5. The LAN installed in the Secretariat should cover all the departments as early as possible.
There should be extensive use of E-mail in the State Government Administration for
quickening communication as well as reduction of telephone bills.
6. Government of Assam should have the State Wide Area Network. Initially, this may
perhaps be done by interlinking the 219 CICs with Sub-Divisional and District Head
Quarters as well as State Capital at Dispur.
7. As a first step, all the staff in the Secretariat, irrespective of seniority, must be
appropriately trained in computer operation so that common software can be used across
8. Typists and stenographers in all Secretariat departments must be trained for working on
computers. Manual typewriters in the Secretariat should be phased out and substituted by
computers, except keeping a few as standby. The cadre of typists should be abolished and
the present typists may be designated as data entry operators.
9. The LAN should be used for most communications, and except matters that are
confidential in nature, service matters, and matters before the courts, all the rest of file
work should be done on computers.
10. Each Department must immediately create databases covering the subjects dealt with in
the department, with built-in system for regular updating of such databases. Provision
must be made for sharing data among the departments whenever required.
11. The Departments should not set up individual info. kiosks at the field level; common
kiosks should be set up at the district or the block level, covering all the concerned
departments. The CICs could also be used for this purpose.
12. All Citizens‟ Charters must be put on the web and all the services that citizens
most frequently need and use should be provided locally as a part of e-
Governance, as has been done through „GYANDOOT‟ Programme.
13. The Departments of Transport, Taxes, Police and Revenue should be computerized on a
priority basis, including all check-gates like Srirampur Baxirhat, etc.
14. For communication with District, Sub Divisional and other field offices, the Internet
facility should be extensively used. Messages related to only law and order should be sent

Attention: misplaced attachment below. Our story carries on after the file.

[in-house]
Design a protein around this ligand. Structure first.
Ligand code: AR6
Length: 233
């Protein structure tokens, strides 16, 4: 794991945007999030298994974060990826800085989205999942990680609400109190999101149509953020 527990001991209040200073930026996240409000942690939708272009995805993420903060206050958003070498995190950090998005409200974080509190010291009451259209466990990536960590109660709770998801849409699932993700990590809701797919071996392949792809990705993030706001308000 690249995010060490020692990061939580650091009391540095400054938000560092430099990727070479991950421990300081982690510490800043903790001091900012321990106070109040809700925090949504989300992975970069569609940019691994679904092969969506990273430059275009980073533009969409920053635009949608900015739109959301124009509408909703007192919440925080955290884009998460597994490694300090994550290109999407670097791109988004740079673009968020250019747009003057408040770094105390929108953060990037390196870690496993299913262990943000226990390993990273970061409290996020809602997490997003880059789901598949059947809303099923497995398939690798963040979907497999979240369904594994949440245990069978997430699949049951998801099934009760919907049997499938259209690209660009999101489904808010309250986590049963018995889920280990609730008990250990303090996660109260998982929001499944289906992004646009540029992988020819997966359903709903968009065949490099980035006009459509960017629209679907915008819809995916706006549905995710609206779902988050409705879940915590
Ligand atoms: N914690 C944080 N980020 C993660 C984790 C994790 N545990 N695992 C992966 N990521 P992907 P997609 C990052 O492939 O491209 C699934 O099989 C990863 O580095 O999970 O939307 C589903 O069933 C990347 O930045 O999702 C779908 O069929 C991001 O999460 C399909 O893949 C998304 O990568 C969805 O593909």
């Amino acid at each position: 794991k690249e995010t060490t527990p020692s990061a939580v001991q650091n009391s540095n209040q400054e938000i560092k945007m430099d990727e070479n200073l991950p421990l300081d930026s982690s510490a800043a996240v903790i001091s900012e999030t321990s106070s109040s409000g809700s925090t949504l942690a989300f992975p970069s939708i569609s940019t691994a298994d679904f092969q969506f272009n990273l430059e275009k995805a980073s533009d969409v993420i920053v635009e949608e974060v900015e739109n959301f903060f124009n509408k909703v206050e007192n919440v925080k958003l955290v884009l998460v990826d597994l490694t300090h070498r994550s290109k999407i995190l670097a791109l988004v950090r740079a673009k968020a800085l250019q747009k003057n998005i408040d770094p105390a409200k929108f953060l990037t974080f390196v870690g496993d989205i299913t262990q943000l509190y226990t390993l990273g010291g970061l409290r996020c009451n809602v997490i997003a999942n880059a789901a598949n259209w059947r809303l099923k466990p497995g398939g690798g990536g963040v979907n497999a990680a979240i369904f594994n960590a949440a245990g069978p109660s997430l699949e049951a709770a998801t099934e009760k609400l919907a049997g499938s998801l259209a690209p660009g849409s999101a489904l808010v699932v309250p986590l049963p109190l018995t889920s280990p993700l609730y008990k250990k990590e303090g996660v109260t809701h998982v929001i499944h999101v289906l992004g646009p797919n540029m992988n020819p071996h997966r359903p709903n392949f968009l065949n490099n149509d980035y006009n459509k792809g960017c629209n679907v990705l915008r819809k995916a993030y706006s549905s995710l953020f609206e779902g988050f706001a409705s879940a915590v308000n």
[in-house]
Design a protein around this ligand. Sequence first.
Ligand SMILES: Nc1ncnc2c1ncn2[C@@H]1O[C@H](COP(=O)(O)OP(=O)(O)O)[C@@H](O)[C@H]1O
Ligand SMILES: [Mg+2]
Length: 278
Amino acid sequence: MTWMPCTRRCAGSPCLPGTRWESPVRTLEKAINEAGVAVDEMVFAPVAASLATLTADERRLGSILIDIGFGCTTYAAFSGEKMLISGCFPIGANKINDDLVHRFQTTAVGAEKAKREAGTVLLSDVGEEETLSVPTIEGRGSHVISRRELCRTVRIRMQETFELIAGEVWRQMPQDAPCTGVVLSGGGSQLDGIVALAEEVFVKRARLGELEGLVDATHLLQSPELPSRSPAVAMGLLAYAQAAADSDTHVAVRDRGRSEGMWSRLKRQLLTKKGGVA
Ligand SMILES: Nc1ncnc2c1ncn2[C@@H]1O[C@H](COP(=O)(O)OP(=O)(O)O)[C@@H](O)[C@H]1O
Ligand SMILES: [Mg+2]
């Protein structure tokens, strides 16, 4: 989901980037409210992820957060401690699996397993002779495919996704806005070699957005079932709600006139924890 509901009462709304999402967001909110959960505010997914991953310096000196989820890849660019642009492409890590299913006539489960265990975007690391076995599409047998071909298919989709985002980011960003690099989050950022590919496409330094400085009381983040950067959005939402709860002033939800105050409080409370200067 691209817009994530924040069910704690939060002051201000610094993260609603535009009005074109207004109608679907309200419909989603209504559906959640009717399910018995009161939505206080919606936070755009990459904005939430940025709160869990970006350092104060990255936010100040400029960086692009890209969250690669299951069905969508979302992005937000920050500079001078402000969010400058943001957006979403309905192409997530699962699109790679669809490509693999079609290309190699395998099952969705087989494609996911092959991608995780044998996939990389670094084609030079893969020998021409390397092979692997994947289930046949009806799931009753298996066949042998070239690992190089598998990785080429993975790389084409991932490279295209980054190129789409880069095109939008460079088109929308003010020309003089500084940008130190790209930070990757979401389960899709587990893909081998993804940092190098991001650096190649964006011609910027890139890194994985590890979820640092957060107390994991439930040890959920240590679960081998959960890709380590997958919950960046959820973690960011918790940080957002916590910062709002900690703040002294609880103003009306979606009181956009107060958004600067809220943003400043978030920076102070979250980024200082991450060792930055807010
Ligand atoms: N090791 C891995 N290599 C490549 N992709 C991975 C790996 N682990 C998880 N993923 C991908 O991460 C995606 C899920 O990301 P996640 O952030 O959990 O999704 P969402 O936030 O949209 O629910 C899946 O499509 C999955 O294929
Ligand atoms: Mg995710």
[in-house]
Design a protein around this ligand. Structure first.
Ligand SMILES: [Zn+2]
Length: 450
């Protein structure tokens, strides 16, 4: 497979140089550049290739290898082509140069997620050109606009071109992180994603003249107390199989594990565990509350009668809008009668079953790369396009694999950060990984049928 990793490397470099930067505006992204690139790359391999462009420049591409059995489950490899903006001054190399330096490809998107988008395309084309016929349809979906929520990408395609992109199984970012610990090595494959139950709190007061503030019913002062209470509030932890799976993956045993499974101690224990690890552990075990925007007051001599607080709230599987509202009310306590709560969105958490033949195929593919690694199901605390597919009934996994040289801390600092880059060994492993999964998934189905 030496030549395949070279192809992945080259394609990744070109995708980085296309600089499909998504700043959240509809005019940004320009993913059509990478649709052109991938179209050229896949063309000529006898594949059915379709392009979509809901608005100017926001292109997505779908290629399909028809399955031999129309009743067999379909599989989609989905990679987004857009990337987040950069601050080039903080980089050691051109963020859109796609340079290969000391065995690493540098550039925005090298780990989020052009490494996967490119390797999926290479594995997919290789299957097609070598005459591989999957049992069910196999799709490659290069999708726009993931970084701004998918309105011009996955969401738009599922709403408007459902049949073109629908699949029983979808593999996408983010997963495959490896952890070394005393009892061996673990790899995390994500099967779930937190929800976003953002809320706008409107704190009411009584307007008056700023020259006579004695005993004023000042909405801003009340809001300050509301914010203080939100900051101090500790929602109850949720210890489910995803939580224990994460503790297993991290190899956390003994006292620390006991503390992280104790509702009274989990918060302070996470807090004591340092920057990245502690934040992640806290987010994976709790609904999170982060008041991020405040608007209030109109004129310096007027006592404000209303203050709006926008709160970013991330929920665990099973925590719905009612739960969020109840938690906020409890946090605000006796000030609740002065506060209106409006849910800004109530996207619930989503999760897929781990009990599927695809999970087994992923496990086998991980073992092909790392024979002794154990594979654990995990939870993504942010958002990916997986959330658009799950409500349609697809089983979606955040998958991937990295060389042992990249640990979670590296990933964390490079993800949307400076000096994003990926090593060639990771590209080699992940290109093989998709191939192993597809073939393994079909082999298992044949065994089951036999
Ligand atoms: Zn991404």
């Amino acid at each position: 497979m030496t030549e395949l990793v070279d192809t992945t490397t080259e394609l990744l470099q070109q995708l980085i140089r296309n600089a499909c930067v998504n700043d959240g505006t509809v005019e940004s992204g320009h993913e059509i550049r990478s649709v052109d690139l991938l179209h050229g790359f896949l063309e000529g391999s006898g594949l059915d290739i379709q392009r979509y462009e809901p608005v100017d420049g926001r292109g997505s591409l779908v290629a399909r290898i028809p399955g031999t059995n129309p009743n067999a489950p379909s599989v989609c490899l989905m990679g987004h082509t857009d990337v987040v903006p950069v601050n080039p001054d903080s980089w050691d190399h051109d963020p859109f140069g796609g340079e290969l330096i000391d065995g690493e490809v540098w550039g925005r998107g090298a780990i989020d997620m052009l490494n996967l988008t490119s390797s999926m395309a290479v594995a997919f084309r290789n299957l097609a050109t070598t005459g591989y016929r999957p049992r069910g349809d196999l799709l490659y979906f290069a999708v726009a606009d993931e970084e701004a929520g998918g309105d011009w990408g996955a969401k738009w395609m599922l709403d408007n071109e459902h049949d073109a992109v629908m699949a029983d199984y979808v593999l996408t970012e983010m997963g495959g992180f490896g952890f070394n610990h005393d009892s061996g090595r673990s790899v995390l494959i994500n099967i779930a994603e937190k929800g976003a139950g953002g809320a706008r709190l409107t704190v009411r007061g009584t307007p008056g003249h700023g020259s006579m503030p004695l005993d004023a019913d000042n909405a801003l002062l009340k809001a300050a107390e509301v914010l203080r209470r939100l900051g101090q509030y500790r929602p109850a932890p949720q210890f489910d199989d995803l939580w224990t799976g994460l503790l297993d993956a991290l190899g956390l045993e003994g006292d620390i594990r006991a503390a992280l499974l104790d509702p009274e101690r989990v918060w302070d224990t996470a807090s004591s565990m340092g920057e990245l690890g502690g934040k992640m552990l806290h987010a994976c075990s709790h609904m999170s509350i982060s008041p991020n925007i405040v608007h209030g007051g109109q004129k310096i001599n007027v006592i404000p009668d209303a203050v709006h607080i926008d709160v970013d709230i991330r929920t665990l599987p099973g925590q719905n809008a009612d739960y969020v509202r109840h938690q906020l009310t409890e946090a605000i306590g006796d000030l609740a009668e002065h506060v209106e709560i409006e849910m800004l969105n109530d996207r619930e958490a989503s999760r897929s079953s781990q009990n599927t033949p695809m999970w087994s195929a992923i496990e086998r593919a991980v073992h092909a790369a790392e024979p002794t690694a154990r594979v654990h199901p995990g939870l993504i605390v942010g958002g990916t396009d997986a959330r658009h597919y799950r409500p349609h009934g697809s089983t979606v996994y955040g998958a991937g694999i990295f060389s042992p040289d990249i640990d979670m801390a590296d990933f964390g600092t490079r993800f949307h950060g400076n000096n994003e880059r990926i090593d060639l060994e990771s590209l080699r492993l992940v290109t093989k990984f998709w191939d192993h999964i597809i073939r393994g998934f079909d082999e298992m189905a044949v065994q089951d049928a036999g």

through Police Wireless System., as using Police Wireless System for sending all types of
messages is a very costly proposition.
15. The provisions of the Information Technology Act, 2000, where digital signatures have
been legalized, should be given wide publicity, so that not only the officials but also the
general public are aware of this provision.
16. Payrolls in all departments should be computerized. This would speed up the work and
also economise on the costs involved.
17. Recruitment rules of all the departments should be suitably modified so that appropriate
computer skills are made mandatory for all entry-level direct recruitments.
18. Government employees should be encouraged to acquire computer skills relevant to daily
office use within a specified period. For this purpose, the government should introduce
incentive schemes to motivate employees.
19. The Government of India, in the Ministry of Information Technology, has adequate funds
for helping the States in introducing E-Governance. Thus, there would be no dearth of
fund for introducing E-Governance in Assam.
The Bhumi Project introduced by the Karnataka Government, covering all the areas of
revenue administration, should be introduced in Assam also at the earliest with suitable
modifications. The Government of India is prepared to provide 100% finance required for
this purpose, and the Govt. of Karnataka is prepared to help with technical know how.
As an experimental basis, registration of documents in Kamrup Metropolitan District
should be computerized. NIC has necessary expertise in this regard, since such